IN 1875 my grandfather, James Gallatin, handed me a large sealed packet, telling me it contained his Diary from 1813 until 1827, also many important private documents.
I was not in any case to publish any part of it until 1900. He died the following year. It lay unopened and nearly forgotten until last year. On reading it, I found it of the deepest interest. This decided me (after weeding out large portions and suppressing anything that might offend) to offer it to the public.
It throws a very clear light on the events leading up to the Treaty of Ghent, and on the actual conclusion of that treaty. James accompanied his father, Albert Gallatin, as private and confidential secretary. He was sixteen years of age when the Diary opens.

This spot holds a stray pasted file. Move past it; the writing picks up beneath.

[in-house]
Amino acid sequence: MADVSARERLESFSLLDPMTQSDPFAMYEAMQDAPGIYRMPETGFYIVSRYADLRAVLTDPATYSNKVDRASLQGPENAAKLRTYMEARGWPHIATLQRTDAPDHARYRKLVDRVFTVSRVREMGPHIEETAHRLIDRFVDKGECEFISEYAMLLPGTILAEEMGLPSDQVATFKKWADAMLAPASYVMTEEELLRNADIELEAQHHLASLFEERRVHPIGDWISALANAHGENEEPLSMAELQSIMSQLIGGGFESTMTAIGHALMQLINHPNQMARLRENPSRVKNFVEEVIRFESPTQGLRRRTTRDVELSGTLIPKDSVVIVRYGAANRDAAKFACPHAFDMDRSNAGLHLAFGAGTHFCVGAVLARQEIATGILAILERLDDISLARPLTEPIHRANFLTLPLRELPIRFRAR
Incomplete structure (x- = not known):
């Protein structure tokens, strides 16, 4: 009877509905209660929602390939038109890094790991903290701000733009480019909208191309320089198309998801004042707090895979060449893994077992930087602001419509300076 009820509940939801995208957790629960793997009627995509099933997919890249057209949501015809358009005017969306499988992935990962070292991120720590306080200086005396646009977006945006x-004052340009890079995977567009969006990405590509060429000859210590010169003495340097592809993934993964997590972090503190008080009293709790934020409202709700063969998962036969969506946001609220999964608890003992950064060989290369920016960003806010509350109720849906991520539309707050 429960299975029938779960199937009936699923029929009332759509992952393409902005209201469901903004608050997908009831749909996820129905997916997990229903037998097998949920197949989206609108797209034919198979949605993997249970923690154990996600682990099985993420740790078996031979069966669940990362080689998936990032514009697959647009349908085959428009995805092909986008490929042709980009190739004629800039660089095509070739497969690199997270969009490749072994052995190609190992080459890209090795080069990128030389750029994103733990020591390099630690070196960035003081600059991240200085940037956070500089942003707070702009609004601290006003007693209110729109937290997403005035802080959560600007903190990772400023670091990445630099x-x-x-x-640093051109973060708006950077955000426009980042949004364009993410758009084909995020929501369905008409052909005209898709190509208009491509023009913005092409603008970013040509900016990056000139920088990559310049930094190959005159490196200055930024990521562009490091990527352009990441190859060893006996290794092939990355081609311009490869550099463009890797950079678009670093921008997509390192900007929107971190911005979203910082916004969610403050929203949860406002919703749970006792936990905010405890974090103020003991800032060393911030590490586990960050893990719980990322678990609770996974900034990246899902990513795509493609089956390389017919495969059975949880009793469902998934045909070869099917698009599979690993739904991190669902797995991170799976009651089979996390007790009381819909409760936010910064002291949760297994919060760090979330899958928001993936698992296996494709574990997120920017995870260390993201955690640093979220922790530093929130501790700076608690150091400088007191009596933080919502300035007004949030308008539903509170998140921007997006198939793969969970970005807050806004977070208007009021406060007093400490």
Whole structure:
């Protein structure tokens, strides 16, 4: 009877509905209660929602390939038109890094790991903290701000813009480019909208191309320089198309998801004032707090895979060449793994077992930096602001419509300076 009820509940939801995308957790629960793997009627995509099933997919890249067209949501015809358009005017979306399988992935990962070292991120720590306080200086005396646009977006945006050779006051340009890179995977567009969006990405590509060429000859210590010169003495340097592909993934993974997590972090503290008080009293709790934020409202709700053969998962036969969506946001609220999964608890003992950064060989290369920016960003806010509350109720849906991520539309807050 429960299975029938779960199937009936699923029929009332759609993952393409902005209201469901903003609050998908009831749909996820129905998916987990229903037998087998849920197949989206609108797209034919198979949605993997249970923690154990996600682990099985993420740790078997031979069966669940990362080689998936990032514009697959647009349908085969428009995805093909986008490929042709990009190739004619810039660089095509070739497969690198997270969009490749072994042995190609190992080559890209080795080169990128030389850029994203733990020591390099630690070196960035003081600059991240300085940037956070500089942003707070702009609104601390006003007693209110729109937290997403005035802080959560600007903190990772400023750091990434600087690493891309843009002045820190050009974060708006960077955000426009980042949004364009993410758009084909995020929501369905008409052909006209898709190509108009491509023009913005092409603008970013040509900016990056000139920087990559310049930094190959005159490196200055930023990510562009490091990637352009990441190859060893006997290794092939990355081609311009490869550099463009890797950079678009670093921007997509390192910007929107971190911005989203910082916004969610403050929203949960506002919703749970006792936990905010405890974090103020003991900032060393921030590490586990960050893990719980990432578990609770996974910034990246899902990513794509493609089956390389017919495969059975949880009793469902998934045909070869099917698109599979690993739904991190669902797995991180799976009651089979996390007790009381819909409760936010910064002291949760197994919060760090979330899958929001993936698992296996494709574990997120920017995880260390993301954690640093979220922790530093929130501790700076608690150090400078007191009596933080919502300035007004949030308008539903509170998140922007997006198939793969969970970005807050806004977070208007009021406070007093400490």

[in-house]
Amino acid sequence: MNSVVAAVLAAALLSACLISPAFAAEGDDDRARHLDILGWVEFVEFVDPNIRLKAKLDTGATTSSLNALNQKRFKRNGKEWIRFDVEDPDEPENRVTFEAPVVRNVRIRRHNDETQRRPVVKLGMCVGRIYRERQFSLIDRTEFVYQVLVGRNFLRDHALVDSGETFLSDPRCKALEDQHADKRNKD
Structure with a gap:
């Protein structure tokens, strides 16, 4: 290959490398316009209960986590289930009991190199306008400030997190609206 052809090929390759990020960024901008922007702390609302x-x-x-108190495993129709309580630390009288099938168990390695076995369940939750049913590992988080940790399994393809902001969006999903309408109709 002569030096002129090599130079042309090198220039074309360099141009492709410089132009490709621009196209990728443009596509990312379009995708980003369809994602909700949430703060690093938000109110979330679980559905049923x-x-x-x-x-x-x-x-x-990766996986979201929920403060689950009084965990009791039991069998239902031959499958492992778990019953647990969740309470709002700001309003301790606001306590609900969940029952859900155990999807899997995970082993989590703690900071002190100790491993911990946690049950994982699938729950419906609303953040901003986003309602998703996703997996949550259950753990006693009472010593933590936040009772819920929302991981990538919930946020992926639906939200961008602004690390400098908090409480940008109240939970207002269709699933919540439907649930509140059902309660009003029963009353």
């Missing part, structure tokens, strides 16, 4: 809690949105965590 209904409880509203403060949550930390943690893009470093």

Albert Gallatin held a unique position. Born at Geneva in 1761, of one of the most aristocratic families, he was left an orphan at an early age, and was brought up by his grandmother, Madame de Gallatin-Vaudenet. She was a woman of very strong character, an intimate friend of the Landgrave of Hesse Cassel, and also of Voltaire.
Albert Gallatin was much influenced by the latter's liberal theories; also he had imbibed the ideas of Rousseau and Condorcet. At the age of nineteen his grandmother informed him that she intended placing him in the army of the Landgrave with the rank of lieutenant-colonel. His answer was, "I will not serve a tyrant." A sharp box on the ears from her decided